AMC opens $5 million Cancer Institute

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The Animal Medical Center in New York City unveiled its new Cancer Institute Oct. 2, made possible through AMC Trustee Elaine Langone and her husband, Kenneth G. Langone. The center, modeled after patient-centered human cancer hospitals, provides an integrative and centralized approach, using innovative treatments to care for animals with cancer, according to an AMC press release.

According to the National Cancer Institute, nearly 12 million new cancer diagnoses are made in dogs and cats each year, in comparison with 1.6 million new cancer diagnoses in humans. Cancer is one of the leading causes of death in dogs, particularly those over age 10, and the leading cause of disease-related death in cats.

The new 2,470-square-foot Cancer Institute at the Animal Medical Center in New York City provides several specialized services, including interventional radiology and interventional endoscopy along with stereotactic radiotherapy and intensity-modulated radiation therapy. (Photos courtesy of AMC)

The AMC’s veterinary oncologists diagnose and treat all types of cancers. The center had slightly more than 600 oncology patients within the past year.

The 2,470-square-foot Cancer Institute provides several specialized services, including the following:

  • Interventional radiology and interventional endoscopy: AMC veterinarians who work in this area use intra-arterial chemotherapy to treat bladder cancers and cryotherapy to treat nasal tumors.
  • Stereotactic radiotherapy and intensity-modulated radiation therapy: Used by radiation oncologists, including an on-site, board-certified radiation oncologist, to treat tumors in the brain, nasal cavity, oral cavity, periocular region, thyroid, cervical spine, lumbar spine, sacrum, and abdomen, while guarding against tissue damage and unsuccessful tumor control.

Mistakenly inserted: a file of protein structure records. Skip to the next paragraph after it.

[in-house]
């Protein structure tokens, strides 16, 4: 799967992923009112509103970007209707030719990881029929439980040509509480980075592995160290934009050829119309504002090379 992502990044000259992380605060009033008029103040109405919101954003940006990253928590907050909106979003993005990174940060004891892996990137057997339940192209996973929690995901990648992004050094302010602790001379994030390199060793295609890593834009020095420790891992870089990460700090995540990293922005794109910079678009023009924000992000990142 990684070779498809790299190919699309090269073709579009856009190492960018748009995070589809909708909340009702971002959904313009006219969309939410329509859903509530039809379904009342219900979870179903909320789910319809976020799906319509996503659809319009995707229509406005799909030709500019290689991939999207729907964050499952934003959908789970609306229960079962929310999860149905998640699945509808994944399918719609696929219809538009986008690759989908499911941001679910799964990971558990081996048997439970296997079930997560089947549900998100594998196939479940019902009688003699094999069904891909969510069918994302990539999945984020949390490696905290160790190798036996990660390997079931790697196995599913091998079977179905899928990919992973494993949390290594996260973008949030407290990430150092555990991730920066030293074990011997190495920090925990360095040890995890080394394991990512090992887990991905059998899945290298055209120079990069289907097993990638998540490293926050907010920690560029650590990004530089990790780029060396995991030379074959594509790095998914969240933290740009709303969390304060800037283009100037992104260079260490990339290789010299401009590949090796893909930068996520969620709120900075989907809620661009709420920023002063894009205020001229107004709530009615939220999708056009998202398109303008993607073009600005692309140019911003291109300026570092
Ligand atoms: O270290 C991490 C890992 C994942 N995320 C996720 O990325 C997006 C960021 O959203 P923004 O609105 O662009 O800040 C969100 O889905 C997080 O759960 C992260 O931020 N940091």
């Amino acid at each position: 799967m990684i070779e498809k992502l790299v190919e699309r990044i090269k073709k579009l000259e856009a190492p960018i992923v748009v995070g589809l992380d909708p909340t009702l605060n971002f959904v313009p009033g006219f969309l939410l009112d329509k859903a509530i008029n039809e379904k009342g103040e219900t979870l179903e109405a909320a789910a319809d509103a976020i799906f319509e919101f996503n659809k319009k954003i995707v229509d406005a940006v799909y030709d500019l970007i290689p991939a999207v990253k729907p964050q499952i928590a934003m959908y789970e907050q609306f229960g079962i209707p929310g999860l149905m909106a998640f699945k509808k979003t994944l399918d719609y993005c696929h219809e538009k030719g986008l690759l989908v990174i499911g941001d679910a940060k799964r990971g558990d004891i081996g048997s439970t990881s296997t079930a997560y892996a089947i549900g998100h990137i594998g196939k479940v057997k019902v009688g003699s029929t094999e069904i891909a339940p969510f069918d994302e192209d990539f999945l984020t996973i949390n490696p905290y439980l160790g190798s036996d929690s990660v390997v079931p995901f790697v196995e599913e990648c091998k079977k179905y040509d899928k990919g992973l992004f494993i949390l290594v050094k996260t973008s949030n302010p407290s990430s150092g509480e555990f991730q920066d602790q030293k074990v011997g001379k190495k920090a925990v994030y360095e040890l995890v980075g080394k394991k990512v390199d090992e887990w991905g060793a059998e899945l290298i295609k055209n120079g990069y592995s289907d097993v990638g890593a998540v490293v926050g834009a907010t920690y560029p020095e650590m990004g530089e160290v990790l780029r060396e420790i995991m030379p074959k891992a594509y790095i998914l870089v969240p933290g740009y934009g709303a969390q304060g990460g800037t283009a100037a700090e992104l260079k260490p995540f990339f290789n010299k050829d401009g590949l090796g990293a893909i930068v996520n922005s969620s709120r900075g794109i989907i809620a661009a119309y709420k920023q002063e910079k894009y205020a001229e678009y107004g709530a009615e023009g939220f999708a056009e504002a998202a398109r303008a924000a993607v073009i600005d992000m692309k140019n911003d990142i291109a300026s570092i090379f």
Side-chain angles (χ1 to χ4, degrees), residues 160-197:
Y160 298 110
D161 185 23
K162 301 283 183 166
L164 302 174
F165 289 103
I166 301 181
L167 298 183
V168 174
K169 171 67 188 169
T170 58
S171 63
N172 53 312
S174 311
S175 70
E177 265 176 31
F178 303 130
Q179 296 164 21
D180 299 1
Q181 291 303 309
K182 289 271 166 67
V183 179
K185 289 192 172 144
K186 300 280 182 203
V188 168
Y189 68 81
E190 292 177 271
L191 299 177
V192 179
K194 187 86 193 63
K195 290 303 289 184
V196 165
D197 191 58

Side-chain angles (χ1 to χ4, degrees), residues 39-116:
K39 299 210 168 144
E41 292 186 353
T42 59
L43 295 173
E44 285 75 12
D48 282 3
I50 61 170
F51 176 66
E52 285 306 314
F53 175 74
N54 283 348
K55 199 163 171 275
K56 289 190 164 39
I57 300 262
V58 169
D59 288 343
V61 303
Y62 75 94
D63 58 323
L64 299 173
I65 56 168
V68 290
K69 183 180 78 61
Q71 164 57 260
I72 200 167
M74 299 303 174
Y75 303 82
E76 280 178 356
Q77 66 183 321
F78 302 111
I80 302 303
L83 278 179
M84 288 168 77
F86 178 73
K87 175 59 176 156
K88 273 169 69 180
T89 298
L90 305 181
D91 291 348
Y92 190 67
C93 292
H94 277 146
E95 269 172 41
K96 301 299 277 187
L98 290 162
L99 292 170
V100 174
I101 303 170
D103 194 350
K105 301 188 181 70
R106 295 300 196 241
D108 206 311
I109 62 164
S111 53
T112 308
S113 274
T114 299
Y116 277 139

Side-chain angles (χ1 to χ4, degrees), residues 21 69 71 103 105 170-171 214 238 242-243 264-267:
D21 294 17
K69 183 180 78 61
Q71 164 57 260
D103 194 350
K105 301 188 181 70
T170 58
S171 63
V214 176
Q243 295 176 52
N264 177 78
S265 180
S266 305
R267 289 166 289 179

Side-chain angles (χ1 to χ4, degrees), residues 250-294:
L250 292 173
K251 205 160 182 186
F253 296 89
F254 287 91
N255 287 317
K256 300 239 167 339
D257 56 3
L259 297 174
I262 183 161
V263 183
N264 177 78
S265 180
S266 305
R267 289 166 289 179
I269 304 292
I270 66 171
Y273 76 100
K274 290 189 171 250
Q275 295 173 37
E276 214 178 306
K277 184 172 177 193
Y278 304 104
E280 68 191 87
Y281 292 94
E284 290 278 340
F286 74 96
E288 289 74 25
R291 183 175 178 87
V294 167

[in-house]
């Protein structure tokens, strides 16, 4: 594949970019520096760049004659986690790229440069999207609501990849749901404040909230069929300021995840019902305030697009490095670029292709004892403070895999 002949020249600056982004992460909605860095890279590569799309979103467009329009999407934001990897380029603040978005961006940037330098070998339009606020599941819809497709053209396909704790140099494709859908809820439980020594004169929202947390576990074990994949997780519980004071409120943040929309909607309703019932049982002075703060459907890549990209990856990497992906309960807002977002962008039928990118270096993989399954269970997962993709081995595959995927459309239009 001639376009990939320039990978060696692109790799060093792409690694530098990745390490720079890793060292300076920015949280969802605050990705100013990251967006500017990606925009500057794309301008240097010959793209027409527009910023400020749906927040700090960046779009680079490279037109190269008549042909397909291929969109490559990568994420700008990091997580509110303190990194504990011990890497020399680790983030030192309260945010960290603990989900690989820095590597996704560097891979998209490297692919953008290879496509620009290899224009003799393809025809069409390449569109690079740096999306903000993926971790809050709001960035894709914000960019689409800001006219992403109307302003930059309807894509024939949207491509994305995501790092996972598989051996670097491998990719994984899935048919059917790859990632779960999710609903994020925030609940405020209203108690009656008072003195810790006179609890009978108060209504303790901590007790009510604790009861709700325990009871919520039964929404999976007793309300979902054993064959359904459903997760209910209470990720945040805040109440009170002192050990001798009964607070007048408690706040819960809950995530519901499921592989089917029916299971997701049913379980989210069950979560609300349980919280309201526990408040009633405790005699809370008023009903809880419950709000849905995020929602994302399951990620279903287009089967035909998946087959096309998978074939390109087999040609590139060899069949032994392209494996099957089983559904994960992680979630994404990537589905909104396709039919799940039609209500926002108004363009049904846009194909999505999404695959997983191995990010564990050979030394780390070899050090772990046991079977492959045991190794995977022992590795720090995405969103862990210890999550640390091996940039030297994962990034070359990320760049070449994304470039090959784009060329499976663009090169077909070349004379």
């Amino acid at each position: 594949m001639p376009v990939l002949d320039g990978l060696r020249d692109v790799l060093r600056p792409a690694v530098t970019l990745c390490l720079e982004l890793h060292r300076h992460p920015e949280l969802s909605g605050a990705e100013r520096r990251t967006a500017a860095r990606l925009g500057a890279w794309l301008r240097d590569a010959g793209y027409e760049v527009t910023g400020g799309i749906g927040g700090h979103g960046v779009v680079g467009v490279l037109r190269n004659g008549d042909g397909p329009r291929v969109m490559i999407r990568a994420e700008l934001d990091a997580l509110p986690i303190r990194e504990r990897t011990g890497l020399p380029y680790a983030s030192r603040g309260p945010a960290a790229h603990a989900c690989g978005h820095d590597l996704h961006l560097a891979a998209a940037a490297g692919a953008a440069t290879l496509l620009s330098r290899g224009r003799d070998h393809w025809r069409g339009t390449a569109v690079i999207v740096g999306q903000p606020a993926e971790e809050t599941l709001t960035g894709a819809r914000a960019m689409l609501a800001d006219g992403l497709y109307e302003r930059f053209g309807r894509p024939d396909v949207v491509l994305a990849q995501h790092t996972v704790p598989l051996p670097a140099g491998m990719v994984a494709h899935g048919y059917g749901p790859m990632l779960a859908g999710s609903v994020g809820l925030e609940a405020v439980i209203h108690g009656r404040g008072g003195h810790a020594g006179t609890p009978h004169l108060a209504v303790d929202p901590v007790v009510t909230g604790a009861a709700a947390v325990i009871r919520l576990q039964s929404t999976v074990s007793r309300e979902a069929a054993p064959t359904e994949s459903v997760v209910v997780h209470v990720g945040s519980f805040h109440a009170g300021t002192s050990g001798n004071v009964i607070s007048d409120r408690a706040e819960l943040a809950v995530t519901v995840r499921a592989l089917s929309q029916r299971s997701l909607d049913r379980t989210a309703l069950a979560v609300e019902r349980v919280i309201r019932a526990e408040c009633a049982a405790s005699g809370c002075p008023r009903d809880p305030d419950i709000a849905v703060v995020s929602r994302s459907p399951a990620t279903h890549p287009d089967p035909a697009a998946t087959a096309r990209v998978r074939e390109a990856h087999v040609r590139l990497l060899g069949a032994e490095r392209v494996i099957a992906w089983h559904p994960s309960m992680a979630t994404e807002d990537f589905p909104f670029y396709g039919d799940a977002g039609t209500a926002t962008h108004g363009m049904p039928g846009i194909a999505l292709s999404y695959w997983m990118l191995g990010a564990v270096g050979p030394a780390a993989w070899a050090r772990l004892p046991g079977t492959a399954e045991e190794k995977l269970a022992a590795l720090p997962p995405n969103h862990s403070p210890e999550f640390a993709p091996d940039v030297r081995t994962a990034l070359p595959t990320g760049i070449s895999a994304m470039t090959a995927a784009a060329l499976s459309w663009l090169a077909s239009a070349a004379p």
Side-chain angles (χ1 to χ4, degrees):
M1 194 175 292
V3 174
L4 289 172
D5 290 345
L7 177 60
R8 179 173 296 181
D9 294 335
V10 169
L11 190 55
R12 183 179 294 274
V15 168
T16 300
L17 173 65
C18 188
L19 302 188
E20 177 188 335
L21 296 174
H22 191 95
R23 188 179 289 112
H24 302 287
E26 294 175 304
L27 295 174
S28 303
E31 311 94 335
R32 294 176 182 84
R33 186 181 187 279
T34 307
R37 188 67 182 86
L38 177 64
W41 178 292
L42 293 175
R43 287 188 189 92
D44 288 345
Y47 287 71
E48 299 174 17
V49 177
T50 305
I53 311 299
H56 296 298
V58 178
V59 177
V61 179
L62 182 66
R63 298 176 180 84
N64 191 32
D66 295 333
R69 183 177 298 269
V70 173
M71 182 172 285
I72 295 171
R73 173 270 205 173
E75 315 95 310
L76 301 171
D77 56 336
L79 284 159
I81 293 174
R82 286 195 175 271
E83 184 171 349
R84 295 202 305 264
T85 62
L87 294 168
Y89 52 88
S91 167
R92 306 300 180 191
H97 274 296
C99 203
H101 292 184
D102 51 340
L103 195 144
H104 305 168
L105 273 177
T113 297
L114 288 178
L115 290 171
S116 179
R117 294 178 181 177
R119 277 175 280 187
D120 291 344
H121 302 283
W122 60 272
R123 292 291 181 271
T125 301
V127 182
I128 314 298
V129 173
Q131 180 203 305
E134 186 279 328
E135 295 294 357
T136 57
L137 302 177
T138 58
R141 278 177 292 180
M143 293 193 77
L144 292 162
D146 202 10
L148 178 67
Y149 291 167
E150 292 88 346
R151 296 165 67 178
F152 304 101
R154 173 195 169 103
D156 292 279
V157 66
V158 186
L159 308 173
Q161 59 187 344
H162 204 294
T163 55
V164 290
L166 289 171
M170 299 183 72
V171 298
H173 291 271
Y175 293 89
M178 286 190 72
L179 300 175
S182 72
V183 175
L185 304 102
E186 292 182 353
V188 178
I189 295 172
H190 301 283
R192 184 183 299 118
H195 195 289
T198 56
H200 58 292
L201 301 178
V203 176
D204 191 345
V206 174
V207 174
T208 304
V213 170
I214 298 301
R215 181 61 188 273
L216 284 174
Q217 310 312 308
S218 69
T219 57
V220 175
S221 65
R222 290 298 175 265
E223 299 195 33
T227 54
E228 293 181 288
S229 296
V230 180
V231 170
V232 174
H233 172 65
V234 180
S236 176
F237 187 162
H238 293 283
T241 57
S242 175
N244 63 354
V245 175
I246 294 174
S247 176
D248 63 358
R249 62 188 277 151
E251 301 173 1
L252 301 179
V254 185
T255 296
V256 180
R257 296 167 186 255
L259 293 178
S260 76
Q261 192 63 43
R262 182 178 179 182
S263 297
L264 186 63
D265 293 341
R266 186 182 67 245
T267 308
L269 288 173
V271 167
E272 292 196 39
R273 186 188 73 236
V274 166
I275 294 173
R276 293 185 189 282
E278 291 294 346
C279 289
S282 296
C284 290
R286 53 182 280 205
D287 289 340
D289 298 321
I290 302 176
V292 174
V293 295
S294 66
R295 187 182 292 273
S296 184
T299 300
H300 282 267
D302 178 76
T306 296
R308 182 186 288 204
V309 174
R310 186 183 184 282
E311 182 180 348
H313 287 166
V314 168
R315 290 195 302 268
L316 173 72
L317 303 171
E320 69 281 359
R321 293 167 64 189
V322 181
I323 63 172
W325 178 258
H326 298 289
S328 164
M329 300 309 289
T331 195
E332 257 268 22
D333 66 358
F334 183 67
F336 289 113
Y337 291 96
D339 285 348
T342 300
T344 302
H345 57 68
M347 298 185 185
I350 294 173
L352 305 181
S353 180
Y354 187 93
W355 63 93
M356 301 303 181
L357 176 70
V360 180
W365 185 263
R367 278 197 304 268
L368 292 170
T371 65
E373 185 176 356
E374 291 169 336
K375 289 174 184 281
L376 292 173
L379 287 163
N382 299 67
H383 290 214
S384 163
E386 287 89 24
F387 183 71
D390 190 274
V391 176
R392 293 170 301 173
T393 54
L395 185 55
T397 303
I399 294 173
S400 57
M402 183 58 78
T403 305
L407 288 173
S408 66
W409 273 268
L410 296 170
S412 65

• Integrative medicine: Complementary and alternative therapies offered to work in concert with traditional cancer treatments. Among the modalities used are cold therapeutic laser, acupuncture, and extracorporeal shock wave therapy.

The Cancer Institute has a 22-member oncology team, including four board-certified oncologists who will focus on early detection and work toward cures for cancer through advanced research. One of the current cancer studies at the AMC is comparing conventional 3-D conformal radiation with stereotactic radiotherapy for the treatment of nasal adenocarcinoma. Another study is enrolling cats with suspect fibrosarcomas in a trial. Investigators will evaluate the efficacy and safety of a feline interleukin-2 immunomodulator as an adjunct treatment for feline fibrosarcoma following surgical excision.

The Cancer Institute also will benefit the AMC by expanding the educational platform for interns and residents, providing owners and pets undergoing treatment with greater privacy, and housing larger examination and treatment rooms, including a radiology suite, as well as an on-site diagnostic laboratory. The institute will add one new position for a resident in radiation oncology.

The AMC has been home to some of the most important breakthroughs in cancer treatment for pets, such as the canine melanoma vaccine developed in collaboration with Memorial Sloan Kettering Cancer Center.

Elaine and Kenneth Langone have been longtime supporters of AMC, starting back in 1995. Having lost quite a few dogs to cancer, the Langones said they believe that the new Cancer Institute was an initiative worth supporting.

To learn more about the Cancer Institute, visit here.

Related JAVMA content:

100 years later, hospital leads the way in veterinary medicine (Aug. 1, 2010)

USDA licenses DNA vaccine for treatment of melanoma in dogs (March 1, 2010)